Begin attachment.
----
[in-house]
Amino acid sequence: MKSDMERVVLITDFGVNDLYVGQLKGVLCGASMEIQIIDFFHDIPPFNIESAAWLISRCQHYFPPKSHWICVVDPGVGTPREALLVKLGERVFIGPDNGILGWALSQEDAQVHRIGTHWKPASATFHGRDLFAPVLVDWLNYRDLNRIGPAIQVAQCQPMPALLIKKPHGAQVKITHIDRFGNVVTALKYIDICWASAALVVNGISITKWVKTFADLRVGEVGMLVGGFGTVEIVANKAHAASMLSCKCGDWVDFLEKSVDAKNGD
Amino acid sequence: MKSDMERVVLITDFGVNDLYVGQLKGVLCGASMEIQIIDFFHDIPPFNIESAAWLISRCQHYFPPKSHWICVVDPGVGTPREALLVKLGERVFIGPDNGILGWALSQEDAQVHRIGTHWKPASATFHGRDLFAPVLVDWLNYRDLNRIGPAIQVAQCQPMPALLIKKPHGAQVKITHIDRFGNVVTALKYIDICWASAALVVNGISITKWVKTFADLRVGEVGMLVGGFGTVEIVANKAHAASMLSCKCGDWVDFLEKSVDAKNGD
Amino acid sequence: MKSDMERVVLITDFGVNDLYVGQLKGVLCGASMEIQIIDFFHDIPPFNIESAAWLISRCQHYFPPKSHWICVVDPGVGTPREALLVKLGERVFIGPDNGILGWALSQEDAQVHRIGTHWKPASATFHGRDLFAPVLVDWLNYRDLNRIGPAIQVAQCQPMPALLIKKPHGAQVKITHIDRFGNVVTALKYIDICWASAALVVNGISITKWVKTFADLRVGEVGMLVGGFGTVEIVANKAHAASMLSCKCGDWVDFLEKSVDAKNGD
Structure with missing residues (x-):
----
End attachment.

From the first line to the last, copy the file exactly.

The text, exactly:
[in-house]
Amino acid sequence: MKSDMERVVLITDFGVNDLYVGQLKGVLCGASMEIQIIDFFHDIPPFNIESAAWLISRCQHYFPPKSHWICVVDPGVGTPREALLVKLGERVFIGPDNGILGWALSQEDAQVHRIGTHWKPASATFHGRDLFAPVLVDWLNYRDLNRIGPAIQVAQCQPMPALLIKKPHGAQVKITHIDRFGNVVTALKYIDICWASAALVVNGISITKWVKTFADLRVGEVGMLVGGFGTVEIVANKAHAASMLSCKCGDWVDFLEKSVDAKNGD
Amino acid sequence: MKSDMERVVLITDFGVNDLYVGQLKGVLCGASMEIQIIDFFHDIPPFNIESAAWLISRCQHYFPPKSHWICVVDPGVGTPREALLVKLGERVFIGPDNGILGWALSQEDAQVHRIGTHWKPASATFHGRDLFAPVLVDWLNYRDLNRIGPAIQVAQCQPMPALLIKKPHGAQVKITHIDRFGNVVTALKYIDICWASAALVVNGISITKWVKTFADLRVGEVGMLVGGFGTVEIVANKAHAASMLSCKCGDWVDFLEKSVDAKNGD
Amino acid sequence: MKSDMERVVLITDFGVNDLYVGQLKGVLCGASMEIQIIDFFHDIPPFNIESAAWLISRCQHYFPPKSHWICVVDPGVGTPREALLVKLGERVFIGPDNGILGWALSQEDAQVHRIGTHWKPASATFHGRDLFAPVLVDWLNYRDLNRIGPAIQVAQCQPMPALLIKKPHGAQVKITHIDRFGNVVTALKYIDICWASAALVVNGISITKWVKTFADLRVGEVGMLVGGFGTVEIVANKAHAASMLSCKCGDWVDFLEKSVDAKNGD
Structure with missing residues (x-):